A NEW town centre development to provide health and leisure facilities on the same site would be the first of its kind in the country.

Health and council bosses want to use the site of St Peter's car park to build a state-of-the-art primary care facility combined with a leisure centre which would replace the Thompson Centre.

Plans to pull down the car park, replace the existing St Nicholas' Health Centre and Burnley Business Centre are set to go out to consultation. The site covers 3.3acres and proposals would involve demolishing all buildings currently on site.

The centre would house a new swimming pool, sports hall, squash courts and gym as well as health facilities including five GP surgeries, pharmacy, physiotherapy services, a health education suite and out-patient clinic.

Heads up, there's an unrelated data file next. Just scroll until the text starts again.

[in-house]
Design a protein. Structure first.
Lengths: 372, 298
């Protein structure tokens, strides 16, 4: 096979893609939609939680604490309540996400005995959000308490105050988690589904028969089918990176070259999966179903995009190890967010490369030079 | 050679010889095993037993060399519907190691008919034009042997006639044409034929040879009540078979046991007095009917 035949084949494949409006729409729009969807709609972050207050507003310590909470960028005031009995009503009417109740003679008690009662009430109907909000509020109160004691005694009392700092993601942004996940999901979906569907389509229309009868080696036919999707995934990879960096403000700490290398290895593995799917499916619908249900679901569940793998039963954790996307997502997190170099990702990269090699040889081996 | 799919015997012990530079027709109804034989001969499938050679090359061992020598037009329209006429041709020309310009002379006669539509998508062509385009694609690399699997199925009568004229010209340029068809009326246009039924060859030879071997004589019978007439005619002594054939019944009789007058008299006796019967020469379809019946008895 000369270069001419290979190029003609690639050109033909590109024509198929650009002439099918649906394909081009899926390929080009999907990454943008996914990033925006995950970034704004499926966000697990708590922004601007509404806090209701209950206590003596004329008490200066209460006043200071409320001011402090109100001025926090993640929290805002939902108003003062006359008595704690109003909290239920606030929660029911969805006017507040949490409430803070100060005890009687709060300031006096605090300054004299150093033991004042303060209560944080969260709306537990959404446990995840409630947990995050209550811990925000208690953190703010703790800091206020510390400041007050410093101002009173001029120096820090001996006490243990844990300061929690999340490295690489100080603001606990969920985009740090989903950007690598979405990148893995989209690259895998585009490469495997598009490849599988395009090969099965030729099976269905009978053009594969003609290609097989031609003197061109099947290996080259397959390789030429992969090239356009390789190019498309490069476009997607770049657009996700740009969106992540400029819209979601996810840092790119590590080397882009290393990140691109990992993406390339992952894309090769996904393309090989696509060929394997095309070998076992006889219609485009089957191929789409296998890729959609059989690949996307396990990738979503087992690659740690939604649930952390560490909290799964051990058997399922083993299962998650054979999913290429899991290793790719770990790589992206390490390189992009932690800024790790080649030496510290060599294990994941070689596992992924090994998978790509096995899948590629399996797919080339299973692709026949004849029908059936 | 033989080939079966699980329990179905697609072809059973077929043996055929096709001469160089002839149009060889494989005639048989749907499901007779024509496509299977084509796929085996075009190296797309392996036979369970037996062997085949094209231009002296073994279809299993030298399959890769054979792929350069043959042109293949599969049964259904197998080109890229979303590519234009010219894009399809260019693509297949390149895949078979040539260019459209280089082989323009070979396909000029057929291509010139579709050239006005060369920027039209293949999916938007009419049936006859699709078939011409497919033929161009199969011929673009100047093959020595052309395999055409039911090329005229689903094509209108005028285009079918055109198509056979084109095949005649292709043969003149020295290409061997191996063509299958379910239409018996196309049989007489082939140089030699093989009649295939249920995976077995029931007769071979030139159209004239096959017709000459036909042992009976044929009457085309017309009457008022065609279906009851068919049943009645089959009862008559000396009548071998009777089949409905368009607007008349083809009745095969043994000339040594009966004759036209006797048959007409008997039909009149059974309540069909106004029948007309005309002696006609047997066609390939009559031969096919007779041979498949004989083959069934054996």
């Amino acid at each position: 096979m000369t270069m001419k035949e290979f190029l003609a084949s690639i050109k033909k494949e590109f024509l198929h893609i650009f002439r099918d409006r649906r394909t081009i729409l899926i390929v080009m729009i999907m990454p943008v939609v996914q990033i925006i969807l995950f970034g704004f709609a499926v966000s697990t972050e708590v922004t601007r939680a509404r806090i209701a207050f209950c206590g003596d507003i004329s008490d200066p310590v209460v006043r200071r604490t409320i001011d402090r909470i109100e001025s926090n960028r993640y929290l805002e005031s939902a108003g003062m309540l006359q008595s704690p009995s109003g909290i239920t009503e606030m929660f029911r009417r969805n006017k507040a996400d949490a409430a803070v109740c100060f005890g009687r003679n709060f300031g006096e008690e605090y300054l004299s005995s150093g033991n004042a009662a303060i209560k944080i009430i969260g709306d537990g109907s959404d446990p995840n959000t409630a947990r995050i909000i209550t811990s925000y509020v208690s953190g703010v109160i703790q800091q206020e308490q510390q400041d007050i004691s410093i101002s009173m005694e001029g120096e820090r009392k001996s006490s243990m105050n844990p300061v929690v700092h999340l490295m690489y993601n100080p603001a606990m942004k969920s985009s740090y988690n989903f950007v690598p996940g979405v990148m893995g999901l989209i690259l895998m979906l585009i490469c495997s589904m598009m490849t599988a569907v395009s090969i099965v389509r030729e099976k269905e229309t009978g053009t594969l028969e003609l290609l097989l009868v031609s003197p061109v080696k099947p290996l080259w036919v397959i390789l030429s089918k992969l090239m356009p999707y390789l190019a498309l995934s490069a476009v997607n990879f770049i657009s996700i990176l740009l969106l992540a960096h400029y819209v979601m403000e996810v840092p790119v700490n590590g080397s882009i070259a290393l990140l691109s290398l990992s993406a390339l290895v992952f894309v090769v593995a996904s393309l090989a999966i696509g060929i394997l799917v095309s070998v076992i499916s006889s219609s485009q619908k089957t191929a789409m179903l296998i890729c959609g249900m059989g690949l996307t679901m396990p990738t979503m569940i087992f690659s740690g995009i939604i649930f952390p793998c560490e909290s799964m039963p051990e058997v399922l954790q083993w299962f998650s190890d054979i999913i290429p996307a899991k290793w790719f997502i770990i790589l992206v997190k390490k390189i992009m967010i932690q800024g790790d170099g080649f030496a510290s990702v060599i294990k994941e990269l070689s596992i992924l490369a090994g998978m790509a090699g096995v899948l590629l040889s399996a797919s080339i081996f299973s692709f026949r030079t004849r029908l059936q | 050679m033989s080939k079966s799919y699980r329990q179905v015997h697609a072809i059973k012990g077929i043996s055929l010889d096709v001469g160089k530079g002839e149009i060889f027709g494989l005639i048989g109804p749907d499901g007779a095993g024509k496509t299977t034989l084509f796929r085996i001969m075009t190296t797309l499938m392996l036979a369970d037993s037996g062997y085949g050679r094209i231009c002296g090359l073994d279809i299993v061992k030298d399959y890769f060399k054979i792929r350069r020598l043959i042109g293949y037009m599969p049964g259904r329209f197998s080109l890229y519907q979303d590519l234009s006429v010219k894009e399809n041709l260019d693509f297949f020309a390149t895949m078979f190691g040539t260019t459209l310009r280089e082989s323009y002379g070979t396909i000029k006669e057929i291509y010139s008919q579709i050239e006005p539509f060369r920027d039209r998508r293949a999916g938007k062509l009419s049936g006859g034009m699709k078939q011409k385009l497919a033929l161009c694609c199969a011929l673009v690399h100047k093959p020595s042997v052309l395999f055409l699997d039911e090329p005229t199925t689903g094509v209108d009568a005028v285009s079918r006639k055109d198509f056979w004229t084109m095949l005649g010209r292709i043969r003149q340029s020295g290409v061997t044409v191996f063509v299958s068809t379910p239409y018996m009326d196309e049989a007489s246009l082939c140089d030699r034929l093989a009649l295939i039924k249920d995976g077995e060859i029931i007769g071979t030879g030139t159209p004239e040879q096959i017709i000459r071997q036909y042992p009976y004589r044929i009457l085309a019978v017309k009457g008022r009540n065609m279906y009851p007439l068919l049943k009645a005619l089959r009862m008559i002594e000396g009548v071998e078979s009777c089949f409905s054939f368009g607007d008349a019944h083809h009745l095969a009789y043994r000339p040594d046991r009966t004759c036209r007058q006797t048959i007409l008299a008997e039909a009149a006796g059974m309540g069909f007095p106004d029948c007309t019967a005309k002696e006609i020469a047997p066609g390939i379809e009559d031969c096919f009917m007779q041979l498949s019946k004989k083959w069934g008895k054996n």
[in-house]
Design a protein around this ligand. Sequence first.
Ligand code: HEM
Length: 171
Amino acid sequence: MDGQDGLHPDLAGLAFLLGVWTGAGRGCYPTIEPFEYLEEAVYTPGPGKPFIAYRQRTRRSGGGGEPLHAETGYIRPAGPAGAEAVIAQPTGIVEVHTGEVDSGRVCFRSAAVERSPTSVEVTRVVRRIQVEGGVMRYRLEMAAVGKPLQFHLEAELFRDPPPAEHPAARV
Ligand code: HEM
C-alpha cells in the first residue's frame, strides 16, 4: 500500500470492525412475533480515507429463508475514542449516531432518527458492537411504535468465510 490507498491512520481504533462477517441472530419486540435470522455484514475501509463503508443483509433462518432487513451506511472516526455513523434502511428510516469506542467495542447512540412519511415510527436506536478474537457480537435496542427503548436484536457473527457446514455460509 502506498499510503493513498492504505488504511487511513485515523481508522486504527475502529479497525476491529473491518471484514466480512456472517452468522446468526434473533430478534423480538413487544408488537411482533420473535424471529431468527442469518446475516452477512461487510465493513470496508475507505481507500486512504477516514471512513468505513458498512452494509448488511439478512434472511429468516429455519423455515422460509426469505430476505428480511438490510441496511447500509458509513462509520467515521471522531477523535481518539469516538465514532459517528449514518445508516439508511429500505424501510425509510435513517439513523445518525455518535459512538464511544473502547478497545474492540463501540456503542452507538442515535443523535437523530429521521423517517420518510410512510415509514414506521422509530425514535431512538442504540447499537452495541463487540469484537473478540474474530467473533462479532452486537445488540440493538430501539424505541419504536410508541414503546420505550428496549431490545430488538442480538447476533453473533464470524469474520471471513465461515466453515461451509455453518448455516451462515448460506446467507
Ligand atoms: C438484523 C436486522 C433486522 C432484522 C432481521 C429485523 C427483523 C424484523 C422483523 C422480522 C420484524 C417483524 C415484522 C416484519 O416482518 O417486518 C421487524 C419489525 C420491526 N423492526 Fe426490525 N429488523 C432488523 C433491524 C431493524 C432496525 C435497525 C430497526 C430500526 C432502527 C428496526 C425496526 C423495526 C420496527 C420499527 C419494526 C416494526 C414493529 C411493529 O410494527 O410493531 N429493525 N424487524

Other facilities would include a caf, crche, child development centre, dental and podiatry services, health visitors and district nurses.

The cost is not being revealed yet, although further details on finances may be released at a meeting of the Burnley, Pendle and Rossendale Primary Care Trust next Wednesday when the plans will be discussed.

The scheme is being put forward by LIFT, a public/private partnership aimed at rejuvenating health care across East Lancashire. New health centres are also on track to open in Bacup and Nelson next year. The cost of the scheme is expected to be shared by LIFT, Burnley and the PCT.

Peter Sellars, head of primary care development at the PCT, said: "No one else is doing anything like this in the country by linking these types of facilities. It is a very exciting project."

Councillors agreed in principle earlier this year to pull down the 500-space St Peter's car park after a report revealed it could cost more than £1m to repair.

A Burnley Borough Council spokesman said: "This is an exciting and ambitious scheme that will bring huge benefits to Burnley. This building would put health and exercise side by side, right in the heart of the town centre. It will give Burnley a high quality facility easily accessible to everyone as well as helping to develop that part of the town centre, attracting more people and bringing knock-on benefits."